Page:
Questions are arising especially to land titles issued to claimants of Casa Vallejo and the construction site of government broadcast station in Wright Park. 

The heirs (represented by Richard Acop), who trace their roots to Cosen Piraso known as Kapitan Piraso, earlier secured two Certificates of Ancestral Land Title (CALT) which cover the property. Last year, the NCIP issued a writ of possession to the heirs to take over the property. 

Natural Resources Development Corporation (NRDC), the corporate arm of the Department of Environment and Natural Resources (DENR), earlier protested the writ issued by the NCIP's regional hearing office, saying it was done in an “irregular and unlawful manner.” 

On January 2, present tenants of Casa Vallejo, which now houses a hotel, a bookshop, a cinematheque, a restaurant, and a spa, received a notice to vacate the property. This was supposed to be implemented on January 10, but the city sheriff postponed it to Tuesday, January 14. 

The property in question was part of the government center under proclamation 63 signed on August 1925 by then Governor-General Leonard Wood. This government property was passed on to different government agencies over the years. Since 2007, it was under the care of the NRDC.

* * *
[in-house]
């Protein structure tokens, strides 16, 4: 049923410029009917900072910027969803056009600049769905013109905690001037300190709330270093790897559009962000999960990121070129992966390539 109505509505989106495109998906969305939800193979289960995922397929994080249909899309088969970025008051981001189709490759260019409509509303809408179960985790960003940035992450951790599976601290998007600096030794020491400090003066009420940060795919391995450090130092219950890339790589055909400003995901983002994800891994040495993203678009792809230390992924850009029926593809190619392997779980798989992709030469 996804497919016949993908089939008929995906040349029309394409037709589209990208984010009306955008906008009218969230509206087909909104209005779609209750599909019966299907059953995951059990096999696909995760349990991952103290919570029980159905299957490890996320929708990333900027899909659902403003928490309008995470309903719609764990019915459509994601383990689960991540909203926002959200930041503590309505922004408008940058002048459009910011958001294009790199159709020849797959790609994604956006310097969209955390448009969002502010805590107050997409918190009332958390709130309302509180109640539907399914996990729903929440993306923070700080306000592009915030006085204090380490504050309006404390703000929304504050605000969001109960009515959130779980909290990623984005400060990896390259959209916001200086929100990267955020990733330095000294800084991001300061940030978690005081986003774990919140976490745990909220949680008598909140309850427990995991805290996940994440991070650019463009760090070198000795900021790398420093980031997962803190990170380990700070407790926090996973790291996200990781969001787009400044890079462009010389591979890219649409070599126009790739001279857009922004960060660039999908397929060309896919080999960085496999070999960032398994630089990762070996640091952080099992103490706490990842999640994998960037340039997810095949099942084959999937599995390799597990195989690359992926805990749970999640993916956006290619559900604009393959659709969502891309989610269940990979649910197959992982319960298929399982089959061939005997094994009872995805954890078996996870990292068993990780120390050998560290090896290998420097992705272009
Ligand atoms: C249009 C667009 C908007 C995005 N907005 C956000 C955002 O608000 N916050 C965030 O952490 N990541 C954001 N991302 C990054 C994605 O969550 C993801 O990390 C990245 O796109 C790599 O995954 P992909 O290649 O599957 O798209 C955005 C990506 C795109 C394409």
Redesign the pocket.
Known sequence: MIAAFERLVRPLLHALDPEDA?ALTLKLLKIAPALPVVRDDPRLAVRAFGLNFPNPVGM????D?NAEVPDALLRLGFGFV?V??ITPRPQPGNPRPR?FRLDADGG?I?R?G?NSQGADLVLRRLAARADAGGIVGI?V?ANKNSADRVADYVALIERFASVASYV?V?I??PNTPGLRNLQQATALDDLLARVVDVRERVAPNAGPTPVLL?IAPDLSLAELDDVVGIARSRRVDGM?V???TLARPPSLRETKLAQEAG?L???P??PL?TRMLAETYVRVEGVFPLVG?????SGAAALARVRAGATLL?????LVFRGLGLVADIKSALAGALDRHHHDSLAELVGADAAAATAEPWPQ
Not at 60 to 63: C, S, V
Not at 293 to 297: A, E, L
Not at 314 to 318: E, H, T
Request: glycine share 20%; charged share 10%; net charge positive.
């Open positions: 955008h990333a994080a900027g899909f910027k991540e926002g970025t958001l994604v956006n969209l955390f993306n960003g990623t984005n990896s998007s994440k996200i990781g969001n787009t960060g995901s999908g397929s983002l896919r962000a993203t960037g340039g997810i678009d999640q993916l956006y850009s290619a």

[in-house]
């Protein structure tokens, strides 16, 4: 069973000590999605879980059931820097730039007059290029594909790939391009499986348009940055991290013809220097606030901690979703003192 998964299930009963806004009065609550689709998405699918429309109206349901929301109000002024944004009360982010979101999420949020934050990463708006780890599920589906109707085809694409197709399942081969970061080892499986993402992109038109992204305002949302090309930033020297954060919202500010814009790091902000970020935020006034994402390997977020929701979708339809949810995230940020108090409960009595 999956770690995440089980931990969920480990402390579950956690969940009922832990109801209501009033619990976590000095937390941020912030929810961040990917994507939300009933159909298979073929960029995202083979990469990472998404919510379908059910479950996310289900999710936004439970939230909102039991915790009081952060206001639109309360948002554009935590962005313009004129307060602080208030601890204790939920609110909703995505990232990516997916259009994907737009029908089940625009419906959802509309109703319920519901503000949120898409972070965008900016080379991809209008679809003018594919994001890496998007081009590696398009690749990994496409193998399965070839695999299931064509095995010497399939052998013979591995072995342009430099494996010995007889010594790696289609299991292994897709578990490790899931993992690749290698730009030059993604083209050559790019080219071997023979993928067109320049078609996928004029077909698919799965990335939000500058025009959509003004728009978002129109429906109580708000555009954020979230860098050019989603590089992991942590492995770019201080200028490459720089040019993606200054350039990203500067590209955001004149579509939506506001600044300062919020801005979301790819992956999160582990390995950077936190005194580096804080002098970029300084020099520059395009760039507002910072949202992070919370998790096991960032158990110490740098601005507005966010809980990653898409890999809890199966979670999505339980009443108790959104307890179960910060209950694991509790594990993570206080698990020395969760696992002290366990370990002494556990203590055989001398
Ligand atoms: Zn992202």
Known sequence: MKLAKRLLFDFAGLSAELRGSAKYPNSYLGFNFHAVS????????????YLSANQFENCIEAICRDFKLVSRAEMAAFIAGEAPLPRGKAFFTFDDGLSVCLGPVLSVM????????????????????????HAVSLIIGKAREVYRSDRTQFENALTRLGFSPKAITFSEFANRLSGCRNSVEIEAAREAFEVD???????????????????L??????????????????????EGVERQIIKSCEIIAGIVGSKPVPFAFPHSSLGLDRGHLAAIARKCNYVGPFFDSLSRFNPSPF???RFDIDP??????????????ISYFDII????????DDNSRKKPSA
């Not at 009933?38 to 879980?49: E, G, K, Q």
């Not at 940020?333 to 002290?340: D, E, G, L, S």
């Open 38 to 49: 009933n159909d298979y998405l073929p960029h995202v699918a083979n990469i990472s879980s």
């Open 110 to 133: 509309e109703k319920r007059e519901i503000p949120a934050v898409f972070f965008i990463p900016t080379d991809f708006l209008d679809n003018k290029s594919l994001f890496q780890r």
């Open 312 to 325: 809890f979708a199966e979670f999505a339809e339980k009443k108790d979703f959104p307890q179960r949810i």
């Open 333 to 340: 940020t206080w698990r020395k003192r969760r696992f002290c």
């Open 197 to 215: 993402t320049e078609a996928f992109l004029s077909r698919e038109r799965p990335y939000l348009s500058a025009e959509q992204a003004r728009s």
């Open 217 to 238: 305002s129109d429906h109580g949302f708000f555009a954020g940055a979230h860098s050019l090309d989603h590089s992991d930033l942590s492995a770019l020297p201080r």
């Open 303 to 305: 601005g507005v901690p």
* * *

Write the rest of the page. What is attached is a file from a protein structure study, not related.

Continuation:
The Casa Vallejo was erected in 1909 within the said Government center and was then called “Dormitory 4,” where civil government employees stayed during the summer when Americans started developing Baguio. 
Salvador Vallejo, a Spanish businessman who hailed from Malaga province, secured a lease to operate the dormitory into a hotel in the 1920s and 1930s, thus earning the name Casa Vallejo 

Councilor Betty Lourdes Tabanda filed a resolution on Monday, January 13 urging President Benigno Aquino III to declare the 105-year-old hotel as "a heritage site”. 

The take over "as an ancestral claim and its sale to a corporation" of the disputed lot "may cause physical and cultural destruction of a site considered as a century old historical landmark," Councilor Tabanda said in her resolution. 

Last January 14, the NCIP head office issued an order to refrain from implementation of the writ of possession issued by the same office to the Cosen Piraso heirs not to complicate the ongoing congressional inquiry and being a subject matter for another case now pending before the supreme court.